Dancer in the Dark is a 2000 musical drama film written and directed by Danish filmmaker Lars von Trier. It stars Icelandic musician Björk as a factory worker who suffers from a degenerative eye condition and is saving for an operation to prevent her young son from suffering the same fate. The soundtrack for the film, Selmasongs, was written mainly by Björk.
Dancer in the Dark is the third film in von Trier’s « Golden Heart Trilogy », following Breaking the Waves (1996) and The Idiots (1998). It was shot with a handheld camera. It premiered at the 2000 Cannes Film Festival to standing ovations and controversy, but was nonetheless awarded the Palme d’Or, along with the Best Actress award for Björk.
In Washington state in 1964, Selma Ježková, a Czech immigrant, has moved to the United States with her 12-year-old son, Gene Ježek. They live a life of poverty as Selma works at a factory with her good friend Kathy, whom she nicknames Cvalda. She rents a trailer home on the property of town policeman Bill Houston and his wife, Linda. She is also pursued by the shy but persistent Jeff, who also works at the factory.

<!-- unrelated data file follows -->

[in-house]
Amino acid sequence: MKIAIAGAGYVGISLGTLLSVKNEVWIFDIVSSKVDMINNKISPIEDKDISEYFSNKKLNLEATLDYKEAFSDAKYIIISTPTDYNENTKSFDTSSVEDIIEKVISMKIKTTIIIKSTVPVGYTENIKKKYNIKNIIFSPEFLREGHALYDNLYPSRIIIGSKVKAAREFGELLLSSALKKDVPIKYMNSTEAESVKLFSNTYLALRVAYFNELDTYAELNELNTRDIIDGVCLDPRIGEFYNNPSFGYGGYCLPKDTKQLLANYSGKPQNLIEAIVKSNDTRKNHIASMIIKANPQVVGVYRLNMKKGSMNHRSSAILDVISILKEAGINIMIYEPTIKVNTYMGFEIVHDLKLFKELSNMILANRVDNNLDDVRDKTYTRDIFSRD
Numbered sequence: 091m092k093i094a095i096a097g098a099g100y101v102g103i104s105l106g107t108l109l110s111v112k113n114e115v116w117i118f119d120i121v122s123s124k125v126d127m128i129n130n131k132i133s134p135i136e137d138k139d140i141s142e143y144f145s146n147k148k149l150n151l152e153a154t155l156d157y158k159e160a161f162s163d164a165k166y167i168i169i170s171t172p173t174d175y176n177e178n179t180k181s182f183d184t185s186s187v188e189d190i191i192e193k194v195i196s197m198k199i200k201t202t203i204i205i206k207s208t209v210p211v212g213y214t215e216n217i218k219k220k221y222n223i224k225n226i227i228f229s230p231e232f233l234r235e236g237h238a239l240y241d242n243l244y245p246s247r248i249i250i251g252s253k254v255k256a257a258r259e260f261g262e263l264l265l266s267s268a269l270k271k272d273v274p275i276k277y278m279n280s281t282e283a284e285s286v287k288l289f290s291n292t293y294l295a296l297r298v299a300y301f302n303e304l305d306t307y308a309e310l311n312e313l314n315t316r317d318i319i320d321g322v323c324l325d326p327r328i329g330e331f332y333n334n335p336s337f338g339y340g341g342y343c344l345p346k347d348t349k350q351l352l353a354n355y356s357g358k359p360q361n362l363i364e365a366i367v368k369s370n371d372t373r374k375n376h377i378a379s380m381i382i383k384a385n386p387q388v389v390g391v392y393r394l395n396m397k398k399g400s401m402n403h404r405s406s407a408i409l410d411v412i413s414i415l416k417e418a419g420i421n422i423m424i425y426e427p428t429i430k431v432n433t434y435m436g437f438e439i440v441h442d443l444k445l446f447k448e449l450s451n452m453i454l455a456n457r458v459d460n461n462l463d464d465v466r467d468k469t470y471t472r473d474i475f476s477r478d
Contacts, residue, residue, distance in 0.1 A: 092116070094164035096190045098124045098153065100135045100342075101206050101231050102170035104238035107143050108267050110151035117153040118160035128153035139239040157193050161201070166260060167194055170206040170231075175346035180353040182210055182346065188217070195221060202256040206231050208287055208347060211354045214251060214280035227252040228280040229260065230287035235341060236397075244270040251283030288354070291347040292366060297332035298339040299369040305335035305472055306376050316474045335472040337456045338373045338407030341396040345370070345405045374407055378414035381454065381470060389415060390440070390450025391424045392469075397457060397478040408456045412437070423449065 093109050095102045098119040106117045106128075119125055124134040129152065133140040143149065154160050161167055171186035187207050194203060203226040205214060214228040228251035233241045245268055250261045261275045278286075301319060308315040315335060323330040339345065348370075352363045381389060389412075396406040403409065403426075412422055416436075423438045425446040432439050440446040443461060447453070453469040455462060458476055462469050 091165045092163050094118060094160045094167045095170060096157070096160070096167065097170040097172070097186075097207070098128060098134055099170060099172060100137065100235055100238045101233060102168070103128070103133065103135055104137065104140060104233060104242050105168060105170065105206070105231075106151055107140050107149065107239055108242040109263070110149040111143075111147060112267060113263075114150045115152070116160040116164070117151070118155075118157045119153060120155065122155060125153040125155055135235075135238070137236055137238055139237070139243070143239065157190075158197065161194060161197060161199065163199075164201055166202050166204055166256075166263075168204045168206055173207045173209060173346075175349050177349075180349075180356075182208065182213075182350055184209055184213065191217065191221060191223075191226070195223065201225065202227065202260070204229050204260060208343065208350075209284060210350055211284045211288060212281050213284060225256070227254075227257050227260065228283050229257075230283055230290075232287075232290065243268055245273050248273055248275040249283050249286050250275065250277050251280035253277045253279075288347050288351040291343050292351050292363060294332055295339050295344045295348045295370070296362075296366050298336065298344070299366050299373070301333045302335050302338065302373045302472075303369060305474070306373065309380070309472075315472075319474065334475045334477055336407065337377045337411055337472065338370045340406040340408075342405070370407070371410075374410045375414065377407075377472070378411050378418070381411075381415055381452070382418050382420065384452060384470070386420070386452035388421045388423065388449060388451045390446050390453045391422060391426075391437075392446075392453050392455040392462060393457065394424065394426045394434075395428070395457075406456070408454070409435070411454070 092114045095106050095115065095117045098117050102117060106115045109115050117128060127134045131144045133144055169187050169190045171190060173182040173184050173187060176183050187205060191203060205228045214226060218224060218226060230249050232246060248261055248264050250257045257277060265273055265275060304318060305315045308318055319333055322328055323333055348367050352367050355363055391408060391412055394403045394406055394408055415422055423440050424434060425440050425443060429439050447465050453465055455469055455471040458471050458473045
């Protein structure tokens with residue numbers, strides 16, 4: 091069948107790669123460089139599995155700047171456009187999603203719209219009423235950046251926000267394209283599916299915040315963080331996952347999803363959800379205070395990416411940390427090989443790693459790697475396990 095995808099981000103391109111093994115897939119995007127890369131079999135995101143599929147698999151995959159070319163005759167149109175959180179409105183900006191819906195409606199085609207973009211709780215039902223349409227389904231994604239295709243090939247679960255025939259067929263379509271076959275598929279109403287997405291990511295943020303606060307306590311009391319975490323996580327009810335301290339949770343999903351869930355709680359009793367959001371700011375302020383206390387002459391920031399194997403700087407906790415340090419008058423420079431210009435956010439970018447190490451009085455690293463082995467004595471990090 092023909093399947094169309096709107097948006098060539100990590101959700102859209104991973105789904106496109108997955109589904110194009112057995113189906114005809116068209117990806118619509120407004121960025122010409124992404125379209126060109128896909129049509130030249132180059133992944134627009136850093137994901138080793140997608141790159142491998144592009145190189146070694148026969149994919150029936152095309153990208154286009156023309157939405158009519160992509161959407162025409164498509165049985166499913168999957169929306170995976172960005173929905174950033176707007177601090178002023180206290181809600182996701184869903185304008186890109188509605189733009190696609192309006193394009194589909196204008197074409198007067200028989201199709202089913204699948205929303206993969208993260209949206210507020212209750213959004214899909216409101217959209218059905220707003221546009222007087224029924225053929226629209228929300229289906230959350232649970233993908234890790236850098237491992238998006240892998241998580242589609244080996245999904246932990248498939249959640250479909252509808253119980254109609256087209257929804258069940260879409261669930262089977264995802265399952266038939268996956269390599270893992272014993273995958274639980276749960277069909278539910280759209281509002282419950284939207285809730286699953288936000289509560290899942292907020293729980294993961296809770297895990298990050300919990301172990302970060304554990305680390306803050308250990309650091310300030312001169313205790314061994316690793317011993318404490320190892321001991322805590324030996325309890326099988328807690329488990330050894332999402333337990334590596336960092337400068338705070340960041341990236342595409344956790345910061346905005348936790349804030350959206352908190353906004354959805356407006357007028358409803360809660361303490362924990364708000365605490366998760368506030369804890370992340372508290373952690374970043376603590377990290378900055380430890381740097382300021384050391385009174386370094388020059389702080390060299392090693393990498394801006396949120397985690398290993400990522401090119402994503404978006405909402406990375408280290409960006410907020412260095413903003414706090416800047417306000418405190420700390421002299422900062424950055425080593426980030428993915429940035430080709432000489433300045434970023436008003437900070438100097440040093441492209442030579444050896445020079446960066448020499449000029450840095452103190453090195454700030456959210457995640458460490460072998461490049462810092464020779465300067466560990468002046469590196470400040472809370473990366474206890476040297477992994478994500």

Selma is gradually losing her vision due to a degenerative eye condition, but is saving money to pay for an operation that will prevent Gene from sharing her fate. She also takes part in rehearsals for a production of The Sound of Music and accompanies Kathy to the local cinema, where together they watch Hollywood musicals, as Kathy describes them to her.
In her day-to-day life, Selma daydreams, imagining herself in a musical. Jeff and Kathy begin to realize that Selma’s vision is worse than they thought, and that she has been memorizing eye charts in order to pass vision tests and keep her job. Bill reveals to Selma that Linda’s excessive spending has put the couple’s house in danger of foreclosure by their bank………